Roy Joseph.

Roy Joseph always wanted to be an actor but he was so lacking in self-confidence he did an entertainment management course at the JMC Academy with a view to working in the music industry.

His self-belief grew after he completed a NIDA Open Actors Studio program in Melbourne so he applied to enrol at NIDA. Not once, but three times, without success. He also applied to WAAPA and was accepted after his second try.

Before he graduated from WAAPA at the end of 2017 he was introduced to casting director Nathan Lloyd by a fellow student. That led to his first breakthrough: winning a regular role as Vijay Kapoor, CEO of Doppelganger Designs, in the Gristmill/ ABC comedy Back in Very Small Business.

Lloyd recommended to Five Bedrooms creators Michael Lucas and Christine Bartlett they hire Joseph for the role of Harry, the gay surgeon who is hiding his sexuality from his Indian mother, in Hoodlum Entertainment’s Network 10 comedy drama.

There was one problem: As written, the character was almost 40, which would have been a stretch for the 26-year-old who was born in Israel – his dad is Indian and his mother is Iraqi – and resettled in Perth when he was six months old. His parents are Jewish and so is he, so his upbringing was far from typical for an Indian family.

So Lucas, Bartlett and co-writer Mithila Gupta changed the character’s age to 30. “When I auditioned I knew the role was perfect for me,” he tells IF. “The way it was written, I knew I could bring out the truth in him.”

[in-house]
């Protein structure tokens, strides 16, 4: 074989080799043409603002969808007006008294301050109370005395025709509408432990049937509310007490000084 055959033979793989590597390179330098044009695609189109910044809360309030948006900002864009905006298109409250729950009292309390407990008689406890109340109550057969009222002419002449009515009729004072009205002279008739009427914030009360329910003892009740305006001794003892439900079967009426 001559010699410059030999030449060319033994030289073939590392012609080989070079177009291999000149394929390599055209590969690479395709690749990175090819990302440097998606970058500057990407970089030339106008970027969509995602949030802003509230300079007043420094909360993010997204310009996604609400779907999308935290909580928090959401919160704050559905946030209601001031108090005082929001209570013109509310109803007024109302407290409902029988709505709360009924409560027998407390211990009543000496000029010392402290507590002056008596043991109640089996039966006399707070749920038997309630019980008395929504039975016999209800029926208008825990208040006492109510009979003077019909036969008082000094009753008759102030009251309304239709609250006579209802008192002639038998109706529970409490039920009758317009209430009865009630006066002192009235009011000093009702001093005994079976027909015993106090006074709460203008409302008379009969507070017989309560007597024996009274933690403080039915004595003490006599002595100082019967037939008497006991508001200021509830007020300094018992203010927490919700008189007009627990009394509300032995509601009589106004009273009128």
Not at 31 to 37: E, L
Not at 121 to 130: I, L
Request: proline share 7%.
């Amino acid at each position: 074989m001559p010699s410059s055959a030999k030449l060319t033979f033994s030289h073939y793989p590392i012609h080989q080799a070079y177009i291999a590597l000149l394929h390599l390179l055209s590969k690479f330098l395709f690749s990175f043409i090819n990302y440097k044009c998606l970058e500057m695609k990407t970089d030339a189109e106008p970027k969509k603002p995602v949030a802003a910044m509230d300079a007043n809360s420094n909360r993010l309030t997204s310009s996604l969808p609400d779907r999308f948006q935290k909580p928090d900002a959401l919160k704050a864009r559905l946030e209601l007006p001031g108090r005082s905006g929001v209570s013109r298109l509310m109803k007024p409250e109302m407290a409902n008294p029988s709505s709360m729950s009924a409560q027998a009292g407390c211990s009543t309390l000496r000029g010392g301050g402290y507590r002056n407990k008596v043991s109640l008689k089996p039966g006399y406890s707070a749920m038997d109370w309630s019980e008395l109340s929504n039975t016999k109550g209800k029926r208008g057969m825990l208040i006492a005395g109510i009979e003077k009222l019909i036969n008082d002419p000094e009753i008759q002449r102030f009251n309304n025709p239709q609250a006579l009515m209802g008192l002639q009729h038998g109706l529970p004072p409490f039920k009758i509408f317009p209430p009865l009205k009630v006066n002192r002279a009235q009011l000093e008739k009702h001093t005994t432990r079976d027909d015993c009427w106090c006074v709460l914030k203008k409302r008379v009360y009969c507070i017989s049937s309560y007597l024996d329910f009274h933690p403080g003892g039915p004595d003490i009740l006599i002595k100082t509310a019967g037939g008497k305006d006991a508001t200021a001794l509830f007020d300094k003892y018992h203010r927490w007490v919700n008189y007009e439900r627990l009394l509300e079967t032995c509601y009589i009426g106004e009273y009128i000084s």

(l-r) Roy Joseph, Doris Younane, Katie Robertson, Kat Stewart and Stephen Peacocke.

Kat Stewart plays Harry’s best friend Liz, a once high-flying lawyer who fell from grace. Marvelling at her performance, he says: “Kat has great comic timing and brings so much heart to her work. Watching her has made me a better actor.”

The three directors on the show each bring different but complementary approaches, he says. Set-up director Peter Templeman responds to performances as they unfold each day. Corrie Chen prepares each scene meticulously on her iPad. Fiona Banks is strong-minded and a blend of both styles.

Banks directed the episode in which Harry tried to come out to his mother, noting, “She really pushed me.”

The show is rating well and the producers and the cast are optimistic it will be renewed. The June 12 episode drew 768,000 viewers over seven days in the five mainland capitals – 498,000 overnight and 270,000 in encore and catch-up viewing, a rise of 54 per cent.

In contrast to the lack of confidence which once held him back, he now says, “I’m loving this job. I’m auditioning here and there and I’ve love to do some theatre. But I’m in no rush.”

The actor is pleased to see much richer diversity on Australian screens, observing: “It’s a great time, and it’s about time.”

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